Solid points all around – I wish more would heed the words in this piece.

        I’ve standardized on Mk262 equivalents for everything from trunk gun AR pistols to scoped DMR/SPR type rifles. Efficient and effective. The IMI 77 load is a good performer IME, and affordable ($0.67/round).

        Sharing the same AO, maybe we should get together during the holidays? I think I’ll ping SFMedics and see if he can set something up.

        Keep your powder dry, and keep speaking The Truth.

        Atlas Shrug

  5. Pingback: Brushbeater: Practical Carbine Accuracy – Off the Bench and In the Field | Western Rifle Shooters Association

  6. Will

    With decent ammo-nothing exotic, just good quality M855/M193, there is no reason that a reasonably priced AR15 can’t be had that will shoot 3 MOA or less. I have several that will do 2-2.5 MOA and they are chrome lined, nothing really special rifles.

    While I understand iron sights-grew up shooting small bore competitively, and their utility, quality optics are a force multiplier that simply cannot be ignored. People get small when they get shot at, seeing small at any realistic distance in the bush requires optics.

    I think the formula for a “modern fighting AR” at this point is pretty well known. Quality Chrome lined or nitride 16″ barrel, Free floated for accuracy and attachment of accessories, milspec or better bolt, good mags, good ammo, plenty of lube, optic of choice with the trend on low power variable, good sling and light. Done, unless you have NODS, Suppressors etc…

    It works….

    1. To your first point, yes, I said just that. And you concur. The .mil tolerance for the M4 is 4 MOA.

      The debate around irons (I knew this would come) is not a debate at all-

      IF I CAN DO IT WITH IRONS, I EASILY DO IT WITH OPTICS (of any type). Maybe you missed the rest of that section.

      As for setting up what is the general purpose carbine or rifle, I’ve already covered that:

    2. Centurion_Cornelius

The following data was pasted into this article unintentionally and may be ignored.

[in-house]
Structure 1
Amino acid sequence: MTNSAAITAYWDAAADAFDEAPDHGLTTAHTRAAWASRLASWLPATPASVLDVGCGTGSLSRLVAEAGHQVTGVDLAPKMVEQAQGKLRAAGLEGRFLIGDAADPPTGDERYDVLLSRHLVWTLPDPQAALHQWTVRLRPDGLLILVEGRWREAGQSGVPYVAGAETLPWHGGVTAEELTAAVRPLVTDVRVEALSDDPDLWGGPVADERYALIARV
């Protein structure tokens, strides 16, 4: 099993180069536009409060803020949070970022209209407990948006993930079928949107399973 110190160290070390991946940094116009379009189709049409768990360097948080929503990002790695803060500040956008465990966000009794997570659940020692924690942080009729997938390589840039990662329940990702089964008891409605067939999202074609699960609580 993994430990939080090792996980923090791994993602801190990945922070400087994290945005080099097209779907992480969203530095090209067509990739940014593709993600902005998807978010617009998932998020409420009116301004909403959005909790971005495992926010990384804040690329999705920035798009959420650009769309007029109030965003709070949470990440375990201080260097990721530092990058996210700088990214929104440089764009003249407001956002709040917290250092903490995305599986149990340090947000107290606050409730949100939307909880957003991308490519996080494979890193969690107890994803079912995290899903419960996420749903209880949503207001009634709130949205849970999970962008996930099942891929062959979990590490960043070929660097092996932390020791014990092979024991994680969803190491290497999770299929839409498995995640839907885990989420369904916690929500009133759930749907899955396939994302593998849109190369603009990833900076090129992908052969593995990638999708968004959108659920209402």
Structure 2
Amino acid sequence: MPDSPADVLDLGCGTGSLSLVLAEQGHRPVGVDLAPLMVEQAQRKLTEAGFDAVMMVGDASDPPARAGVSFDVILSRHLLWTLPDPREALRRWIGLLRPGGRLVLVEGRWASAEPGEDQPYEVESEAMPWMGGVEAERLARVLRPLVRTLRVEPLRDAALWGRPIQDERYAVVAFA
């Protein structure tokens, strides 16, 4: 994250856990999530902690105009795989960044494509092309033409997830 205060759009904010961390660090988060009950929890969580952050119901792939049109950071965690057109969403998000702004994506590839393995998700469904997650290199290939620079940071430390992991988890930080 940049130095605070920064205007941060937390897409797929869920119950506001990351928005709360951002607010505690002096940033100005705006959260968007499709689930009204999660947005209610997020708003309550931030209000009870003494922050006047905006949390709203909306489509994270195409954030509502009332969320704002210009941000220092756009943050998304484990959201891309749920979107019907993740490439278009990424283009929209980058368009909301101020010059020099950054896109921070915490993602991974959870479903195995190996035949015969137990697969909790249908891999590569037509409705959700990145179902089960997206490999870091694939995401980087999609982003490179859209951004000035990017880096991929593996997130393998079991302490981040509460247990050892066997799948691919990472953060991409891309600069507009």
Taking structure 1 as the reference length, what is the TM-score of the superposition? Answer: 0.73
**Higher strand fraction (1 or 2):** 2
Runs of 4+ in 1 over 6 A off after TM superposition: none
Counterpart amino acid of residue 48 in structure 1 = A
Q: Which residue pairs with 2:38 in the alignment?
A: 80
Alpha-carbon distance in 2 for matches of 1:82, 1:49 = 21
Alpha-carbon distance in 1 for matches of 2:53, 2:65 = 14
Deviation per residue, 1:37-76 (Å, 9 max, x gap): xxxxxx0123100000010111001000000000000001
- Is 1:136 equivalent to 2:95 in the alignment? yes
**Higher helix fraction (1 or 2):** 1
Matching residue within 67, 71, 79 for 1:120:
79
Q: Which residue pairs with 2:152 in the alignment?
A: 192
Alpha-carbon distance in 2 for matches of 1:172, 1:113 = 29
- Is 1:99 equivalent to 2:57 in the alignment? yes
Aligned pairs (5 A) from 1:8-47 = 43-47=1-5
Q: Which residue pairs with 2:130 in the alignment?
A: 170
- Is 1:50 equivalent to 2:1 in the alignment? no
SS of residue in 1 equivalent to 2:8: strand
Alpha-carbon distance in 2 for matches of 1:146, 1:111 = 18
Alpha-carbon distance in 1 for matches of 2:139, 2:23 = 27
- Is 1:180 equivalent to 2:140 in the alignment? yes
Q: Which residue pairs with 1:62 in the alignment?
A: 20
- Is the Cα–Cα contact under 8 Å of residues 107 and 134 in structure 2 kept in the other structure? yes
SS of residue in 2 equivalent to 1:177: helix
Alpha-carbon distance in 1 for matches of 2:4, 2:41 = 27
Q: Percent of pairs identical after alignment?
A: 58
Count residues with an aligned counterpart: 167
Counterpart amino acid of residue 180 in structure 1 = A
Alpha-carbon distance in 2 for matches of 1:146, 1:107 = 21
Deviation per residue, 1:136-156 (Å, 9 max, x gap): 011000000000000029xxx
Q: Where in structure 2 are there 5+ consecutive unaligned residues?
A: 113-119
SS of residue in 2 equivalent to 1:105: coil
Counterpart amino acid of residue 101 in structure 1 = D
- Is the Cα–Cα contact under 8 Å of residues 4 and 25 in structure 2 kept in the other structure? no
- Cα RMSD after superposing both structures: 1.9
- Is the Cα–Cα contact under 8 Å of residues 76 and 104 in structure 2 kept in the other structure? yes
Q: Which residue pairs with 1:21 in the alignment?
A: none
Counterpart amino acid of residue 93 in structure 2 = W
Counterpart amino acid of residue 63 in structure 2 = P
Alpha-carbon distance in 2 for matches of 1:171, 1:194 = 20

You and ncscout are right on, Will.

      BUT–for us “over-the-hill” bunch (70+ Summers) those optics sure do help our vintage “headlights!”

      Weened on the Garand, graduated to the M14/M1A, and carry the AR15 these days. Plus, keep “Old Trusty,” the .30/06 bolt gun with scope at the ready.


  7. Gary Nezat

    I guess to each his own, but I question the necessity of a light in an field type environment. While in an urban/mout/fuba I would definitely. I guess the product of, and came up in the Fulda gap scenario and find the weight and light discipline violation unwanted.

    If you favor it, please only take my criticism as polite discourse and not an attack. The majority of you have much more time behind the buttplate than I. Good day

    1. I didn’t bring up anything about a light in the article, and don’t recall addressing it in any post prior (but I may have).

      The answer is, like most things, it depends. My equipment is set up for rural asymmetric fighting- quiet movement, baiting, and marksmanship. So on those weapons for such a fight, should one come, a light is a liability far more than a necessity.

      When I was a door kicker in Samara and on those Direct Action missions in Afghanistan that called for it, I used one. For home defense, they are vital at night for target identification and disorienting an adversary.

      In both cases my selection is the same- Surefire G2 in a Vltor offset mount. Light, tight, extremely durable, unobtrusive and relatively cheap.

    2. LodeRunner

      The Fulda Gap – theres a trigger for lotsa memories. Was there in the mid-late 80s, including the razing of the Berlin wall. Wild times. It’s ironic how many people are totally unaware that defections and sniper take-downs happened on the European frontier right up to the end, just as they still do on the Korean DMZ.

      Anyone who says “the cold war is over” doesn’t know what they’re talking about. It’s just that the commies moved their flag to within Western territory, so the cold war changed its character into a purely economic one. Solzhenitsyn told us that was what would happen. It was always in their plan to infiltrate our institutions and do it this way – from within our society.

      1. DAN III


        Spent time myself at OP Alpha. However, preceded your time there by several years. Yes, it was an interesting time.

  8. “It’s not the dope on the weapon, it’s the one behind the weapon” Thought you may like this one my friend. Btw, you have way to many irons in the fire, hell, I thought I was busy up on the mountain when I am home, you are an industrious ant for sure!

  9. kbgoldteamglobal


    This is [REDACTED]. I hope you are doing well. My wife and I are now in[REDACTED] and I was wondering if you wanted to link up. Just let me know. Thanks.